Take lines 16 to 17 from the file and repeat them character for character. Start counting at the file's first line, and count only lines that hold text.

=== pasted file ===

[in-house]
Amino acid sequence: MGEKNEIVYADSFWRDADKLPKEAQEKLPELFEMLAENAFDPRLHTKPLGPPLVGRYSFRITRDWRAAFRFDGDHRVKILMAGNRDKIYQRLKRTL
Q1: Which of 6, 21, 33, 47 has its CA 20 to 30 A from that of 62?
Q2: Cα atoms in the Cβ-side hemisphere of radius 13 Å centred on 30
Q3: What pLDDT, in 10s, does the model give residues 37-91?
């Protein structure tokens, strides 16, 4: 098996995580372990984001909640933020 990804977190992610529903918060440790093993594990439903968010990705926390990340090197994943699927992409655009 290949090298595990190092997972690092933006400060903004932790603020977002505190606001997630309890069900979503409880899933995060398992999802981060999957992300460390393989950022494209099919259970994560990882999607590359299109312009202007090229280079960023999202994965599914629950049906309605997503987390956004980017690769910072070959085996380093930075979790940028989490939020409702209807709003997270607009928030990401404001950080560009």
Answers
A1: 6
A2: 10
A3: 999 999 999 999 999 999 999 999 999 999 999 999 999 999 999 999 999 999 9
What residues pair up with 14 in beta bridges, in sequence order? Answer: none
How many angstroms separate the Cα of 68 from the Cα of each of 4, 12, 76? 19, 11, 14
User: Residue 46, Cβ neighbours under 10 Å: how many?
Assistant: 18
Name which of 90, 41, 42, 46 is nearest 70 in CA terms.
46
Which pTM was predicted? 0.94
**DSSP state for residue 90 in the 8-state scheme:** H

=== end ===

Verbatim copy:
46
Which pTM was predicted? 0.94